A-League soccer club Adelaide United is poised to acquire 40 poker machine licenses as it finalises the purchase of an Edwardstown pub from Sturt Football Club – a move immediately condemned by social welfare groups.
Following the model set by AFL and SANFL clubs, the Reds’ hierarchy is keen to secure pokie revenues to underpin the club’s struggling finances.
The club confirmed yesterday it was finalising an agreement to purchase the Castle Tavern in Edwardstown for an undisclosed sum from financially-struggling SANFL club Sturt. The Tavern currently has 33 poker machines, with approval to install up to 40.
Adelaide United CEO Glenn Elliott told InDaily the venue, which is far from the club’s Hindmarsh playing home, was being purchased as a commercial asset rather than as a facility for members and supporters.
“That brief has always been part of the club’s business plan,” Elliott said. “Professional clubs in the Australian sporting landscape, particularly in Adelaide, face challenges financially, so it had always been part of our plan to develop some non-core income and to that end we’ve proceeded to pursue it.
“It’s really a matter of looking at what commercial opportunities are out in the marketplace. It is challenging in that industry at the moment, but having had a past background in that over many years in previous employment it’s not an industry that’s foreign to us.
“The Castle Plaza’s a long-standing entity in the Edwardstown area. Our motivation there will be to make it appealing to all the patrons who live close by. There is significant opposition down there so we will have to be very good at the various hospitality skills that are required.”
Sturt FC has been trying to clear $2.2 million in debt through fundraising and asset sales – including the Castle Tavern.
Sturt’s precarious financial position, and the fact Adelaide United could add up to seven additional poker machines to the venue, may mean United’s hierarchy has extracted a very good deal for itself.
The venue will be owned by the non-profit Adelaide United Members Club, licencing application documents show.
Elliott said any revenue generated from the purchase would be reinvested in the club.
“Certainly in terms of football development, Adelaide United is very disadvantaged on the national scene compared to other A-League clubs in the amount of money that it can commit to junior development.
“Certainly putting strong youth development programs is critical and to do that you need funding. So any funds that we can generate out of this will go specifically to football development.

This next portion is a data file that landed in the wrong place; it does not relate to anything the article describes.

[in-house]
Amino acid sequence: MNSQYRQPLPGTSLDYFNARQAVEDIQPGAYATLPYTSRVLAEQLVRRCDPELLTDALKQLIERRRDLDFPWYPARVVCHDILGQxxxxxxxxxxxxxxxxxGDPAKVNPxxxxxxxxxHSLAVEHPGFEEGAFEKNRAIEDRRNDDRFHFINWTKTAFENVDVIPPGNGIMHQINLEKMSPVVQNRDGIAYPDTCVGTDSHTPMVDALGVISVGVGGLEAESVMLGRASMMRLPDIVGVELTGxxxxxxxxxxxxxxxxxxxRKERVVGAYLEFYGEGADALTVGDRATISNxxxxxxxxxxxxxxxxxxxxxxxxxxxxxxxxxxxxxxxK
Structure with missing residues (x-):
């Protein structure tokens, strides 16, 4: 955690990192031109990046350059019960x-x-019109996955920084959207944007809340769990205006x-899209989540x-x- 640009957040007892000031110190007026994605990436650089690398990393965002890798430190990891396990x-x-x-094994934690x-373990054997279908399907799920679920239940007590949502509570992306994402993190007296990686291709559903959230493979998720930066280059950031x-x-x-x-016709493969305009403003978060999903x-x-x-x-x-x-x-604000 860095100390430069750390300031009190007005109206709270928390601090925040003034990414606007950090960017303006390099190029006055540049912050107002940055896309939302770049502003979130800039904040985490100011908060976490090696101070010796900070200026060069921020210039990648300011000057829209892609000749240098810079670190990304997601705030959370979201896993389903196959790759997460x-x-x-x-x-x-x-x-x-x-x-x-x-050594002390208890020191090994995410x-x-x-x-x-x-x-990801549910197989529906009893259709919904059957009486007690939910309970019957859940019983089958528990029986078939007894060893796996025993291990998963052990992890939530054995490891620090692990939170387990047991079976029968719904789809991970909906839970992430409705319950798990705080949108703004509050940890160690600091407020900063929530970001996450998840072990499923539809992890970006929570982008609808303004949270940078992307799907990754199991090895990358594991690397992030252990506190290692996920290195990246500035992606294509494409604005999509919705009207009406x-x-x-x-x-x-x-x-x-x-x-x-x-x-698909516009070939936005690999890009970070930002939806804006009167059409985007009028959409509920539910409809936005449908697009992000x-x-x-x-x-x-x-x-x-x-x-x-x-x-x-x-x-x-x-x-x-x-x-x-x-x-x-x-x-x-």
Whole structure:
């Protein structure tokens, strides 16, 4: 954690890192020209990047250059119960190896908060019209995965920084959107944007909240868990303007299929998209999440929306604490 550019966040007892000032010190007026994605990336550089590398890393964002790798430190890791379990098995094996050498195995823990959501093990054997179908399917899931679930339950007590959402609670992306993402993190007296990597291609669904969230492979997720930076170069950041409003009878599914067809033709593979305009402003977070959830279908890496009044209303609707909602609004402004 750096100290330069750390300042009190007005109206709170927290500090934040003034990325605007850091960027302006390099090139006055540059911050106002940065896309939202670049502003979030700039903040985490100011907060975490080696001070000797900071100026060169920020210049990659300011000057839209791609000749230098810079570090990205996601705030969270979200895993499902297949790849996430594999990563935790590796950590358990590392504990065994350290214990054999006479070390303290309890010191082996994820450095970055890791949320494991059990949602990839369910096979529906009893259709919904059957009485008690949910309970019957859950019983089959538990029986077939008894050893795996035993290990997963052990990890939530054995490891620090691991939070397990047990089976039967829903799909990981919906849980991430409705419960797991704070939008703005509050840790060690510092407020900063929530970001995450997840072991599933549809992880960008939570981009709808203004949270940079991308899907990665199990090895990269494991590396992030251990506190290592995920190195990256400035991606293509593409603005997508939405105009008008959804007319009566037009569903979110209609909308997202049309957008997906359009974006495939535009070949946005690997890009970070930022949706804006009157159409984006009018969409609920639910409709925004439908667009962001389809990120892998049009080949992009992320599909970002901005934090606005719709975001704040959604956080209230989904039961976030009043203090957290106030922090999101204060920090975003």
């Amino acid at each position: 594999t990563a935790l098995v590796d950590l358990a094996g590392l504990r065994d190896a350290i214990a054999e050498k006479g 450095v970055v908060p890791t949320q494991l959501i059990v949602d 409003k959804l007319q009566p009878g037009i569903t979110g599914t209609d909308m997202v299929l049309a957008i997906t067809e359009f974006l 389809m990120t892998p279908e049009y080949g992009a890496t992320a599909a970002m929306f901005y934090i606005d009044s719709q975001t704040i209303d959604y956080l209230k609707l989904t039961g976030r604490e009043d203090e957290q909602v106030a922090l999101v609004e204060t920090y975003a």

“There’s a quantum leap, a massive gap between clubs like Melbourne Victory, Brisbane, Sydney … compared to clubs like ours.”
Welfare groups were quick to condemn the club’s purchase yesterday, with South Australian Council of Social Service executive director Ross Womersley calling it “deeply regrettable”.
“It seems almost like an inevitability but it’s still deeply regrettable that sporting clubs like Adelaide United which represent outstanding athleticism and health, that serve particularly as such strong role models for young men, identify that the path to financial independence is through the purchase of liquor and gaming licences,” Womersley said.
“Yes, they will argue other sporting clubs have pokies and sell liquor to fund their activities. However, this does not address the fact that these activities would seem mutually antagonistic, especially when one considers the damaging consequences that flow for individuals, their families and community more broadly when alcohol and gambling becomes an addiction.
“It’s almost certain that the club itself as many have already will become addicted to this type of revenue source and probably seek to expand its activities in the liquor [and] gambling arena.”
Elliott said poker machines being used to fund sport was nothing new.
“Across Australia it enables a lot of sporting clubs to actually play sport. In terms of the SANFL here in South Australia obviously it’s very strong. Our motivation is to be able to play sport, and if we’re able to return funds to allow us to run better development programs so be it.”
South Australian Independent Senator Nick Xenophon called on the club’s members to complain to the club about the purchase.
“My plea would be for the members of the Adelaide Football Club to raise this as an issue with the club. As far as business models go, poker machines are driven by… getting money off the backs of the vulnerable and the addicted. Why would a community, family-oriented club like Adelaide United want to be getting their revenue from an industry that causes so much misery?”
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